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    If you take a close look at Sigma, you’ll see the hull is actually rather conventional, with a standard rise and flair leading up to the bow. The only difference is the bow is swept back from the waterline, giving SIGMA’s bow some piercing attributes, i.e. offering less lift and resistance against oncoming waves.

    As the name implies, wave-piercing hulls are designed to go “thru” waves, not over them. Typically, these hulls are optimized for sub-surface operation with an emphasis placed on reducing acceleration & motions of waves at the water line and above. By sweeping the bow backwards from the waterline, an oncoming wave encounters less resistance in contrast to a conventional forward-flaired bow. Essentially, an oncoming wave washes over the top of the deck and dissipates, as opposed to being displaced outward by a conventional bow. This results in lift on the bow, including acceleration and deceleration forces that add resistance against momentum.

    Another key element in these designs is reducing the cross section of the hull that will be subject to wave penetration at or above the waterline. To better facilitate this, a significant portion of the hull is concentrated beneath the waterline, and the cross section of the exposed hull near the waterline is limited. Essentially, a hydrofoil works the same way, because lift is being generated on a sub-surface level… where there is no turbulence. Basically, a wave-piercer is much like a SWATH design or “Small Waterplane Area Twin Hull”, originally invented by “Crazy Canuck Creed” back in the 1940’s. A label he earned because he was ahead of his time.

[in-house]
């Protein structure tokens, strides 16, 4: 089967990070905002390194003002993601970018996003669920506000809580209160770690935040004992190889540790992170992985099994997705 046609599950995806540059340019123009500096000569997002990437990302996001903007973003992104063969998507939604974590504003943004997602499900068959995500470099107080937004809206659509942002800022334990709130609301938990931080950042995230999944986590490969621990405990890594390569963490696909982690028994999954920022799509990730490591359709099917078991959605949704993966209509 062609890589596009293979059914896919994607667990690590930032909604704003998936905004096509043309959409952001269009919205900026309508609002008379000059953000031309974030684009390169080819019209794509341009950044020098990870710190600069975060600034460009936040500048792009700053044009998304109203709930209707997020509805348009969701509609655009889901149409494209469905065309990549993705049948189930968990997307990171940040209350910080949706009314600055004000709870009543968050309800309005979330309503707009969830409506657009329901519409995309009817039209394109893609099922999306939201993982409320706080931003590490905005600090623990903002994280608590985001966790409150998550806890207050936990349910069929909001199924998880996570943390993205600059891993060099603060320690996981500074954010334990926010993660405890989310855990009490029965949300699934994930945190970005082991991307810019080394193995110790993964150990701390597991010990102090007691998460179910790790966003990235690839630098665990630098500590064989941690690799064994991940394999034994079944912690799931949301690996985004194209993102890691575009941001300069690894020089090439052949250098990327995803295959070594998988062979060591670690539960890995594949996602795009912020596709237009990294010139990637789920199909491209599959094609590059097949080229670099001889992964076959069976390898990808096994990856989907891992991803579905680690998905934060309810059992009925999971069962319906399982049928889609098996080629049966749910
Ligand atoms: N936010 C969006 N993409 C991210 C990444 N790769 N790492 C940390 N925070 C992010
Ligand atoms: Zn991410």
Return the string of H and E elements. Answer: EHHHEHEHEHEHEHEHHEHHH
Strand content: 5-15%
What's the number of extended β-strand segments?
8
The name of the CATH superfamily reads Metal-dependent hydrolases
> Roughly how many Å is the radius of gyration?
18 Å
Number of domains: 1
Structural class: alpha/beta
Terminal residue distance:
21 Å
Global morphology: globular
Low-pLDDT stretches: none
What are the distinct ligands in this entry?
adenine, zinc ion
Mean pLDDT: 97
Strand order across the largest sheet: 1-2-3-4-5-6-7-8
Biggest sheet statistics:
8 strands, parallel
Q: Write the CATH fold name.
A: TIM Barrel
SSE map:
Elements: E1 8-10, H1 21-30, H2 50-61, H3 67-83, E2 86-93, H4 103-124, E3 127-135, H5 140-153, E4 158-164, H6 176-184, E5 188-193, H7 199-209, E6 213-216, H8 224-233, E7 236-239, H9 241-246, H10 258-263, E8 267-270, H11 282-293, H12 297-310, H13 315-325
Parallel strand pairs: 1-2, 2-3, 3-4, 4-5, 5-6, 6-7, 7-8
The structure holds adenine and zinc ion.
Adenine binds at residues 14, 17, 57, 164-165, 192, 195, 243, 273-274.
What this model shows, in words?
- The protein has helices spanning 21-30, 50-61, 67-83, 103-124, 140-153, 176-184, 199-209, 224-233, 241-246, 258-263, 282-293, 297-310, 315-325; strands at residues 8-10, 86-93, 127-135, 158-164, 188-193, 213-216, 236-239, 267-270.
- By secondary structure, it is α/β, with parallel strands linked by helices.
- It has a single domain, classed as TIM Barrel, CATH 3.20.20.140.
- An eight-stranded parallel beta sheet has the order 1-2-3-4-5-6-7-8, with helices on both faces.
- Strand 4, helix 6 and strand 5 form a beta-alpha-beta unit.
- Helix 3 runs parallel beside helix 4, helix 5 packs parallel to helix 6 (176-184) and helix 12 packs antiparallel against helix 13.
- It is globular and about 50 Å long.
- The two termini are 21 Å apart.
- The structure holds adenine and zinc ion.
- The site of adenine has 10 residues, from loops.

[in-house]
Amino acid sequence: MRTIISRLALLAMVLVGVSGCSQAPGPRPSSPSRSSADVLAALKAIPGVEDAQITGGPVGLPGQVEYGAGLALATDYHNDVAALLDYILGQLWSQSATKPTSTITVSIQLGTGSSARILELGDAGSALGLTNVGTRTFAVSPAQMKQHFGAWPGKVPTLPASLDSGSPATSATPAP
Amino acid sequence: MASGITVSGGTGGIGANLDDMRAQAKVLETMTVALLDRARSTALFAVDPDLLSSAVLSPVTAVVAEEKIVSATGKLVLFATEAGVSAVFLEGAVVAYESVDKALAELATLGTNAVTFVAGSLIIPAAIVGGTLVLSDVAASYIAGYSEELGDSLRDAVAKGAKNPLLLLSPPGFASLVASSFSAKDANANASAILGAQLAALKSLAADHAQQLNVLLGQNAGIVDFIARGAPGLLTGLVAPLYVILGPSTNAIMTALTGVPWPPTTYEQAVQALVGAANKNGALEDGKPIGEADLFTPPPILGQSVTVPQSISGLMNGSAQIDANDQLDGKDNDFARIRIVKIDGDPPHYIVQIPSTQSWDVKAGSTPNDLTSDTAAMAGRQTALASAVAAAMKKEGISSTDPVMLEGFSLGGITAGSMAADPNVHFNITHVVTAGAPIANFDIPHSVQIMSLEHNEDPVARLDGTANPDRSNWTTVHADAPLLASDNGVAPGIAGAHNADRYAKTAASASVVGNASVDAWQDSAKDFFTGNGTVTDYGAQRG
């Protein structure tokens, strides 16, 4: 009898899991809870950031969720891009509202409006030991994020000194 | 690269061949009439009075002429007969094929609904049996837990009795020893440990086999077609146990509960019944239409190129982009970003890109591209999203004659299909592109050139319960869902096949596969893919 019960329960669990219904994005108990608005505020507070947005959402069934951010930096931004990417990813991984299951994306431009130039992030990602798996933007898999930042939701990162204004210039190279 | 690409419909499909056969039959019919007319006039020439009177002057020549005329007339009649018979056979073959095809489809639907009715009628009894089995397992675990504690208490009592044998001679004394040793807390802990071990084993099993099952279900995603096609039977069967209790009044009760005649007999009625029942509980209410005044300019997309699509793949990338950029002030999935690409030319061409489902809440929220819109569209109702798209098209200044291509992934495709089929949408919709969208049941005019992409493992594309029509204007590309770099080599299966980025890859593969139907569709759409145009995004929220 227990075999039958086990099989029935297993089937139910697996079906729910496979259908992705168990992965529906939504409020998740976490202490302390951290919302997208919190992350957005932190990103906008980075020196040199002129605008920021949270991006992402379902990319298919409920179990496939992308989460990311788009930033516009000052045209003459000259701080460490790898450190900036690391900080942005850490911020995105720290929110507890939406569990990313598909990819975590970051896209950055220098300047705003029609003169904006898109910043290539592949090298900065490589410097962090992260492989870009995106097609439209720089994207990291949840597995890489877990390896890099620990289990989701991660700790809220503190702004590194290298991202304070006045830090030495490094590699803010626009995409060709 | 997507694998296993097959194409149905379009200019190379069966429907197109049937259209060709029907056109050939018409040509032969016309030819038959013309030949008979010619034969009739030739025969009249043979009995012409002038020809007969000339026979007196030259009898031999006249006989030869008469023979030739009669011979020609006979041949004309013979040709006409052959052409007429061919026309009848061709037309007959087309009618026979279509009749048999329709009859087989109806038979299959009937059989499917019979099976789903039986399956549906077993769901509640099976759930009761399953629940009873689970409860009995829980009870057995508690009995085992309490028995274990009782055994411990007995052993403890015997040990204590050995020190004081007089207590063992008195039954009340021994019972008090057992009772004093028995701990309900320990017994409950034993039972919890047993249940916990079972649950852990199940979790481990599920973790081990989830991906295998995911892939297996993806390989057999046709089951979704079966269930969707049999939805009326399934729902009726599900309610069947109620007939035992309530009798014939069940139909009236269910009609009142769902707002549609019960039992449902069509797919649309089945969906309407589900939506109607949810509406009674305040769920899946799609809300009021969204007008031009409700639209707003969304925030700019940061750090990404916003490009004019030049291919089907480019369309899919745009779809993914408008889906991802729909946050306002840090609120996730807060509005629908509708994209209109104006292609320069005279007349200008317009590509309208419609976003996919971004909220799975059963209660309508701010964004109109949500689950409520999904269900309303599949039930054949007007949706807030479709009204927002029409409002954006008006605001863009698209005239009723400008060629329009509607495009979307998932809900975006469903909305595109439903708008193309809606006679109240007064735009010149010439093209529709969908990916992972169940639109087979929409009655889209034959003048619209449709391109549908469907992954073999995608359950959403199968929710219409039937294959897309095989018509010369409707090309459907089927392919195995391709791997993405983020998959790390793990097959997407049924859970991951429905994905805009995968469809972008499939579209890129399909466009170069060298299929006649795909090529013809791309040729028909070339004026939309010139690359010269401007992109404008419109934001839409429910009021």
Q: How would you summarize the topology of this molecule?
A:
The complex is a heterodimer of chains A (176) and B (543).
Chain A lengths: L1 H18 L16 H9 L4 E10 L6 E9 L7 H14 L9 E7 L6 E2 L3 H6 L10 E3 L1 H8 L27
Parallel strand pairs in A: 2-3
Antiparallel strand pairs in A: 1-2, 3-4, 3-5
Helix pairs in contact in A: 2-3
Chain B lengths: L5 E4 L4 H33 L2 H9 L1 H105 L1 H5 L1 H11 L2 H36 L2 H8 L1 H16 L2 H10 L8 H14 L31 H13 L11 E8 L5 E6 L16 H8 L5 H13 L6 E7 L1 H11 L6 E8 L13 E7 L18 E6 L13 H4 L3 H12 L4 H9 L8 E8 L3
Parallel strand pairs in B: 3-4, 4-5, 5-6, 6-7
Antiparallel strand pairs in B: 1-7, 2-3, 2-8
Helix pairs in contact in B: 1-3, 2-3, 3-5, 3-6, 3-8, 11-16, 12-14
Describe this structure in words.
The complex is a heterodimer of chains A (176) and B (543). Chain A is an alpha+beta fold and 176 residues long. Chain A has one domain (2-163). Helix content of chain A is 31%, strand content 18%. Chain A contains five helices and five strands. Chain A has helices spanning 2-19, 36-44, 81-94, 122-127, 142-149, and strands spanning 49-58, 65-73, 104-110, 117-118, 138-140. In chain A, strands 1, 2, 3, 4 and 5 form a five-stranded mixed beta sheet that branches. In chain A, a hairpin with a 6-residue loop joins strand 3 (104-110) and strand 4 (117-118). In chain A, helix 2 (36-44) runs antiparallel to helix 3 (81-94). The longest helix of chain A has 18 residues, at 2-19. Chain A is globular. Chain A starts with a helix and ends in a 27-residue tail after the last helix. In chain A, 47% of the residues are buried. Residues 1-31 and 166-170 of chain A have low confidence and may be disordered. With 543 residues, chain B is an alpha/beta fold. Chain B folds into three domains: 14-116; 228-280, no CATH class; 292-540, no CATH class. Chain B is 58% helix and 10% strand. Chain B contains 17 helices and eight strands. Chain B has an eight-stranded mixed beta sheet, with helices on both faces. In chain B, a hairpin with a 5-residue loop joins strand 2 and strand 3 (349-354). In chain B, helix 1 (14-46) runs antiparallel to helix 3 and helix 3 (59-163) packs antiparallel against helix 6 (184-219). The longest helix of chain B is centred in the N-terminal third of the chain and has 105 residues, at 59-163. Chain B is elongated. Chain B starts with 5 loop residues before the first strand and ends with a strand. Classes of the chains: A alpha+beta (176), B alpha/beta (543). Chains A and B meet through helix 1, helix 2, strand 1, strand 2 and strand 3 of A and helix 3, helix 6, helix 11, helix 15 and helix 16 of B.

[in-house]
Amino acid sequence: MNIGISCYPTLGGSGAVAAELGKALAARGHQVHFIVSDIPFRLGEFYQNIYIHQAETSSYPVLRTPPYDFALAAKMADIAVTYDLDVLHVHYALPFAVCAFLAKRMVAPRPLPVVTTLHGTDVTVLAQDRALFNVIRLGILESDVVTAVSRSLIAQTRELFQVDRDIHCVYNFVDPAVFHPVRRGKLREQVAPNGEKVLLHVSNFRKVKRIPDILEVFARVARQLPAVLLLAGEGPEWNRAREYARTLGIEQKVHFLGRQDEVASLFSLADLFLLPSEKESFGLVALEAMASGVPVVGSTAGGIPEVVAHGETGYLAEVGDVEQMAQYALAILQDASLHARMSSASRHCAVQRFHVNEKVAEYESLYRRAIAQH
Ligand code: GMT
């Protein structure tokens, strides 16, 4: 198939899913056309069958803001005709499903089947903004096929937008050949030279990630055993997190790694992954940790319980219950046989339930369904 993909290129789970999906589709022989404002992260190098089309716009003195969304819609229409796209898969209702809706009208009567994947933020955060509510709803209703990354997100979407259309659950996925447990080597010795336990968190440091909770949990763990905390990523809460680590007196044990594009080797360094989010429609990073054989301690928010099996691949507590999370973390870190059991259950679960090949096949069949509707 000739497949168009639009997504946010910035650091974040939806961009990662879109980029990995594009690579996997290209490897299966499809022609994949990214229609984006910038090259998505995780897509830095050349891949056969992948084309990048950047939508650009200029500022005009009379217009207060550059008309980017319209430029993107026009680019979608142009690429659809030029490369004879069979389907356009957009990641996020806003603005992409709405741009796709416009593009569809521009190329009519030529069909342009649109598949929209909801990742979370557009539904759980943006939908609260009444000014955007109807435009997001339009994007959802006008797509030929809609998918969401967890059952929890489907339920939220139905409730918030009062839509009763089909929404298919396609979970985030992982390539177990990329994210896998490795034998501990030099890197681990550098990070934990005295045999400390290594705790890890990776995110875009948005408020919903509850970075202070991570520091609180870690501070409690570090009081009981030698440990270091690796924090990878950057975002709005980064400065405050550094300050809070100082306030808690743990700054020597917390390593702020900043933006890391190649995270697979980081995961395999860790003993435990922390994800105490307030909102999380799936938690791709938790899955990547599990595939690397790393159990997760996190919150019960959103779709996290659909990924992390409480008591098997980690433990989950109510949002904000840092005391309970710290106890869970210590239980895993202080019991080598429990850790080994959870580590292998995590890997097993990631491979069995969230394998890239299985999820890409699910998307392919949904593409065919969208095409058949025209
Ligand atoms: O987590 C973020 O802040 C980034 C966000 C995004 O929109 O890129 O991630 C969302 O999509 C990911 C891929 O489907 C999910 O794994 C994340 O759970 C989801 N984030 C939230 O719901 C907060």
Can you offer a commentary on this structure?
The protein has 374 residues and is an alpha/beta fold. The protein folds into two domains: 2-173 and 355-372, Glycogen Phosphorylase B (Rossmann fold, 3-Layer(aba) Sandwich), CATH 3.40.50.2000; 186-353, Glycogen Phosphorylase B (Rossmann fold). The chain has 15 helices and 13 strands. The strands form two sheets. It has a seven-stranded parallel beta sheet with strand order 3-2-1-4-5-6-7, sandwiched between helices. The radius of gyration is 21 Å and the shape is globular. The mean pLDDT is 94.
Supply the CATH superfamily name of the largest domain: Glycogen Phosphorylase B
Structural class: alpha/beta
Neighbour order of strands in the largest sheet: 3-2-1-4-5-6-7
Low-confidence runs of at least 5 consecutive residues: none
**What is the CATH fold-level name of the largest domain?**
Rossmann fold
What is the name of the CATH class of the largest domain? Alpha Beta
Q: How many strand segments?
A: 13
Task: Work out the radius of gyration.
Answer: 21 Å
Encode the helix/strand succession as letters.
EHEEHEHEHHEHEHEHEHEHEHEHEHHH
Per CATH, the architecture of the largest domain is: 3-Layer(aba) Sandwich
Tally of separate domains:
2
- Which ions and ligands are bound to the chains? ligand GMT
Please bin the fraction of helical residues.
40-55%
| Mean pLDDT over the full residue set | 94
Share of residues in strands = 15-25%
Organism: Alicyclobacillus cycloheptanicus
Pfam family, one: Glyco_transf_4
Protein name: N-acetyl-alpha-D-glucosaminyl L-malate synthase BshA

7. Billy1119

    Billy1119 Senior Member

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    Now I didn't read the whole thread (maybe it's been mentioned), but this looks like White Rabbit. I do realize this was posted before it was launched. I don't know who, but what I read was the main reason for the build was for increased stability because the owner got seasick easily. Hope it helped him out...
  8. YachtForum

    YachtForum YachtForums Publisher

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  9. Billy1119

    Billy1119 Senior Member

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    Oh yes, forgot about that thread. Is that what the search function is for?? :eek:
  10. EnigmaNZ

    EnigmaNZ Member

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  11. Billy1119

    Billy1119 Senior Member